Yield And Steady Payout Growth In This Dividend ETF

With 10-year Treasury yields hanging around 1.5% and the dividend yield of 1.85% on the S&P 500 hardly intoxicating, investors are again embracing dividend stocks and exchange traded funds. While the environment seems ripe for high dividend strategies, growth may still be the way to go.

What Happened

The SPDR S&P Dividend ETF SDY tracks the S&P High Yield Dividend Aristocrats, which obviously implies a high yield component, but in reality, SDY is a dividend growth play because the qualifier for that index is 20 consecutive years of dividend growth.

Still, the $18.65 billion SDY, one of the largest domestic dividend ETFs, yields 2.41% and these days, that's considered decent.

SDY's “index is designed to track a basket of stocks from the S&P Composite 1500 that have consistently increased their total dividends per share every year for at least 20 consecutive years,” said S&P Dow Jones Indices in a recent note.

Historical data confirm that SDY's index has frequently sported a higher dividend yield than the S&P Composite 1500.

Why It's Important

High-yield strategies may seem alluring, particularly with Treasury yields falling, but some high dividend stocks come by way of companies with flimsy balance sheets and that can lead to payout cuts and suspensions. Additionally, high-yield ETFs are usually more volatile than dividend growth rivals. For example, SDY has been less volatile than the yield-based Dow Jones U.S. Select Dividend Index over the past three years.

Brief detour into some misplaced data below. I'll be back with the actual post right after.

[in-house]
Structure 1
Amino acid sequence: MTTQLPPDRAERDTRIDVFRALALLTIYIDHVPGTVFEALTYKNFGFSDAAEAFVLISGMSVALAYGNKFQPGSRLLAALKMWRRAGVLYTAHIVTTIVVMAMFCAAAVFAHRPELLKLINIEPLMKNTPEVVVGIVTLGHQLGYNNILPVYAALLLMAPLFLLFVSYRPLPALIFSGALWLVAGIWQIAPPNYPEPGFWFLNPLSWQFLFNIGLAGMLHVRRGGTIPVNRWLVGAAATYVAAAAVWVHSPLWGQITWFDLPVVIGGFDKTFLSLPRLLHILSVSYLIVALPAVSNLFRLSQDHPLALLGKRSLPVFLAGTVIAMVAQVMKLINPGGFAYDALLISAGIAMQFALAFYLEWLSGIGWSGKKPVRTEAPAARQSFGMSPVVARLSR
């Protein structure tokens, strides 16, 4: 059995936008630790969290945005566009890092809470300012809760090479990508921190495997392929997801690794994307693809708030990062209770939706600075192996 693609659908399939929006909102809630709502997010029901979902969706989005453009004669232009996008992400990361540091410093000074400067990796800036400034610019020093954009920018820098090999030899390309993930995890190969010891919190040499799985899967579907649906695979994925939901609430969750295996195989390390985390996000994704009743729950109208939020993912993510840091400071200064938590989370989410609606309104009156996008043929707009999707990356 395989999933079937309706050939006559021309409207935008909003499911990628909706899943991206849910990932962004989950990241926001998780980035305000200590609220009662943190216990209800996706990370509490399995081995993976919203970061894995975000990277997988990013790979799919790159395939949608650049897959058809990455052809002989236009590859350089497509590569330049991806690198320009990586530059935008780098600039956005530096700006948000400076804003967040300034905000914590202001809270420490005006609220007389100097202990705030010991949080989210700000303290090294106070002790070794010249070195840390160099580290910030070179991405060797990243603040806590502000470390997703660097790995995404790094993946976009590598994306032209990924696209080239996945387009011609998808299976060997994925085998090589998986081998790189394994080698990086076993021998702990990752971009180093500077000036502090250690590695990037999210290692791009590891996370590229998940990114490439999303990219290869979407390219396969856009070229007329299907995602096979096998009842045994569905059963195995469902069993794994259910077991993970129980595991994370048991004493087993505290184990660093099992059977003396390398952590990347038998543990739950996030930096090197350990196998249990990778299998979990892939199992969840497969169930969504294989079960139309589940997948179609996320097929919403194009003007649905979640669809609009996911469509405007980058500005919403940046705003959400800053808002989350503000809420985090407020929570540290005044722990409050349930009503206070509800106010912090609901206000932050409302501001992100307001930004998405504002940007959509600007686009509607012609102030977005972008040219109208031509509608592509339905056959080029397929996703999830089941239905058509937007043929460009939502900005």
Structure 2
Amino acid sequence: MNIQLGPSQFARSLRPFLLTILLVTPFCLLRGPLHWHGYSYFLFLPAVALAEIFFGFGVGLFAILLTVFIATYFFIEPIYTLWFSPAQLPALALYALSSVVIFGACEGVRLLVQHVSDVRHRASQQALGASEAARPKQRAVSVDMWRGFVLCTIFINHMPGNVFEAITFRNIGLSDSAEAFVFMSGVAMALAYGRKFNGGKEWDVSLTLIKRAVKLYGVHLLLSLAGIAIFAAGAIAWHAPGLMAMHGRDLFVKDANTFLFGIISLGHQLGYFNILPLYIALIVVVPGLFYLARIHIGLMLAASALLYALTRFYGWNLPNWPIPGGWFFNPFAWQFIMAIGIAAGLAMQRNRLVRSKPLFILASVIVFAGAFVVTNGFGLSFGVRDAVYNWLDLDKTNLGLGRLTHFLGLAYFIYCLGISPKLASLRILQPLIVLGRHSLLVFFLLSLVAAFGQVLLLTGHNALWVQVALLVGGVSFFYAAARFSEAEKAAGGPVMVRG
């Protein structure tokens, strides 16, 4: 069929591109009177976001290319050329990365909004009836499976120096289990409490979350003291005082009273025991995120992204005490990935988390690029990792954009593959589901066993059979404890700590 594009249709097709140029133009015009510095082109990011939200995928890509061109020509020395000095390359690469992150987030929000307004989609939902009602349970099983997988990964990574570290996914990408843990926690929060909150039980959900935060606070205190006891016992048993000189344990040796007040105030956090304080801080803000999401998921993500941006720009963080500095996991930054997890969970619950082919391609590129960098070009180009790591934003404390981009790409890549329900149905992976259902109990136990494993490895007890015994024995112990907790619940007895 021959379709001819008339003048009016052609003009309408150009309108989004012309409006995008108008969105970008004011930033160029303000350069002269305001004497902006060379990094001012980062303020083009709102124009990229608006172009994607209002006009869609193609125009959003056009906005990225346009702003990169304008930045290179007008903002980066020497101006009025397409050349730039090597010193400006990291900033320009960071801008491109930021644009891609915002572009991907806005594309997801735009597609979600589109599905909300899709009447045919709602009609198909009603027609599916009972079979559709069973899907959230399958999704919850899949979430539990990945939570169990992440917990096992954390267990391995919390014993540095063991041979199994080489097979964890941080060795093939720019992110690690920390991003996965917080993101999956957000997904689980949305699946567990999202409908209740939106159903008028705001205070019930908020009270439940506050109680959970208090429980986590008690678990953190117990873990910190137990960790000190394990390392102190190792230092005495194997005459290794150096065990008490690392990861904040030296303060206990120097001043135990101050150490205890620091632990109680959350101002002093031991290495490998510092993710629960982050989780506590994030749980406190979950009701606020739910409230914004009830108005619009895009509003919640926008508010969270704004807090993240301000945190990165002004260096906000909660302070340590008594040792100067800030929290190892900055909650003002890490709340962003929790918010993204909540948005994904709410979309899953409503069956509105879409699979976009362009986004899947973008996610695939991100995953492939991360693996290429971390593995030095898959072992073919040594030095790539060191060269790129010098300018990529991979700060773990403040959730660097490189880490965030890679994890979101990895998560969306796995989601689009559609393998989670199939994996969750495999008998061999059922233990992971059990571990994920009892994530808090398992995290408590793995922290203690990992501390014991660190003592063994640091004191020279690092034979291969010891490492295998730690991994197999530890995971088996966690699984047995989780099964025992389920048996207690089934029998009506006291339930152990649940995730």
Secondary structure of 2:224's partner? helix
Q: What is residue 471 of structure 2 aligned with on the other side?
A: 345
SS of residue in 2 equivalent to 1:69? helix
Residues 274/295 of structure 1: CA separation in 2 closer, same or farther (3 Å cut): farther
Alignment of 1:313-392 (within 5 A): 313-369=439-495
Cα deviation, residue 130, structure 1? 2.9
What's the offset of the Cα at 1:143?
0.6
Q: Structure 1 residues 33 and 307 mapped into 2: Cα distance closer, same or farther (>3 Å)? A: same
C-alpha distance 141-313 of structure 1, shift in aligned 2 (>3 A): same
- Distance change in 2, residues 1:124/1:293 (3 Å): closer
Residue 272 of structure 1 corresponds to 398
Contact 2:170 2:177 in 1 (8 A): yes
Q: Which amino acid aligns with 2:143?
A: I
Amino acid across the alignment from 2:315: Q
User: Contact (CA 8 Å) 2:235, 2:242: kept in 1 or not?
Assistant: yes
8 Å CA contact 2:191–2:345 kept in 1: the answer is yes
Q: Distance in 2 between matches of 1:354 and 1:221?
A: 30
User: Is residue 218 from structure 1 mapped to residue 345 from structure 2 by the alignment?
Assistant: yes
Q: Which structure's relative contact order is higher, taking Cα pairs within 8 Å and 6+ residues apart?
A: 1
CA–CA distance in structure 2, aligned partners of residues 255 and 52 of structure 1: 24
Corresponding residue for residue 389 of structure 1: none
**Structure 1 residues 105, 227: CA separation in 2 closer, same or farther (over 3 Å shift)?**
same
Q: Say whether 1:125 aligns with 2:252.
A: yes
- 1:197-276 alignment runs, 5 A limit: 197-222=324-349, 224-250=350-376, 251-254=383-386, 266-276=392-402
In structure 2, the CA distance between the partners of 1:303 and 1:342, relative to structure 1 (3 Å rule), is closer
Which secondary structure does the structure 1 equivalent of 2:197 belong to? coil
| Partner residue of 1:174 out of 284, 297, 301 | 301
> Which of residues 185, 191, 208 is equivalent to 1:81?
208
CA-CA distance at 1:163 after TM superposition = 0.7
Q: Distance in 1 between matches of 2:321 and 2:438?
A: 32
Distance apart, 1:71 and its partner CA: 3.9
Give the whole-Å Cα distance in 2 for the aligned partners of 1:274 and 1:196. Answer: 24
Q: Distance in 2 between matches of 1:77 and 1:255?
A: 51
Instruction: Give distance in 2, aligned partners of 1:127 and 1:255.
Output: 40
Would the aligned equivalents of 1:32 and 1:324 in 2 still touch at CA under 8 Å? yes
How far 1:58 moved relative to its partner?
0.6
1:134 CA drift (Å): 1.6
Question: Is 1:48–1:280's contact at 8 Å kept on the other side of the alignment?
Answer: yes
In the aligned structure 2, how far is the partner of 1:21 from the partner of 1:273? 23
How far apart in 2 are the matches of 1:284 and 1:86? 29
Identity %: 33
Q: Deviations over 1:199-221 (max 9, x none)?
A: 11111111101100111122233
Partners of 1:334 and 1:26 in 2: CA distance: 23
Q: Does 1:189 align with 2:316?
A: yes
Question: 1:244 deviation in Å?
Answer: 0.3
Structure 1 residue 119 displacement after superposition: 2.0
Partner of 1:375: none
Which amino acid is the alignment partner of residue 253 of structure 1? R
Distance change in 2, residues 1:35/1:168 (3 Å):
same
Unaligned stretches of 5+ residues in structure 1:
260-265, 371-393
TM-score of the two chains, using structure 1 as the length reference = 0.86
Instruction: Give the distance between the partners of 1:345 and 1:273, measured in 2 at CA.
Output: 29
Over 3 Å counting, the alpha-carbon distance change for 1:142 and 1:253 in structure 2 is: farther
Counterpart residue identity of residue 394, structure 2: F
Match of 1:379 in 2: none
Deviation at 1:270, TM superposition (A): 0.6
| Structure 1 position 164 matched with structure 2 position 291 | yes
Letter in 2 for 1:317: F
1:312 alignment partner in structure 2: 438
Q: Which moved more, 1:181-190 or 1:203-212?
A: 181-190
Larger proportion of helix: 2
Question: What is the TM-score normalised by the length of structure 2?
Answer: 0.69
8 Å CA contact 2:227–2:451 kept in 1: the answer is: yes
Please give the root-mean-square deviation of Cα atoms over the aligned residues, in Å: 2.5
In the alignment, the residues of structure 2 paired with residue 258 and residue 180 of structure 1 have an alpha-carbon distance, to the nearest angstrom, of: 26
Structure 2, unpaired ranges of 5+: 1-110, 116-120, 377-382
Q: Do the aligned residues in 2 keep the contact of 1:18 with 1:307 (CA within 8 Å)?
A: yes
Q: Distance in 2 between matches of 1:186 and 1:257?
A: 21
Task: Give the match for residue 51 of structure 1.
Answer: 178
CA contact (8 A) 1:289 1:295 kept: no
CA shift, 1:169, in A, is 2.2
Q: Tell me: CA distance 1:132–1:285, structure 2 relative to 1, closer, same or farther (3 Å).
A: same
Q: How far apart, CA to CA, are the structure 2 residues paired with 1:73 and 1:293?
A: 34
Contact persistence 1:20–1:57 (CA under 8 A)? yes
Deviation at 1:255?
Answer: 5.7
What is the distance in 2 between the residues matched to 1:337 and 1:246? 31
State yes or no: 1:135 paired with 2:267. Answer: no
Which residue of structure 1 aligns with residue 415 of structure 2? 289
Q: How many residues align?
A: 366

SDY has achieved that status while its index has offered better yields and lower volatility than broader benchmarks.

“The S&P High Yield Dividend Aristocrats has consistently had higher yields than its benchmark,” according to S&P Dow Jones. “The average yield of the index was 3.5%, ranging from 2.5% to 5.8%. In contrast, the average yield of the S&P Composite 1500 was 1.8%, with a range from 1.5% to 2.8%. On average, the dividend yield gap between these two indices was 1.7%.”

What's Next

For income investors searching for yield, SDY is a suitable bond alternative because, as of the end of July, the fund's index yields was above those of 3-month and 10-year Treasuries as well as a major aggregate bond index.

Additionally, SDY is not doing this via high concentration to high-yield sectors, such as utilities and real estate. Those groups combine for less than 18% of the ETF's roster.

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Posted In: Long IdeasBroad U.S. Equity ETFsDividendsTop StoriesTrading IdeasETFs

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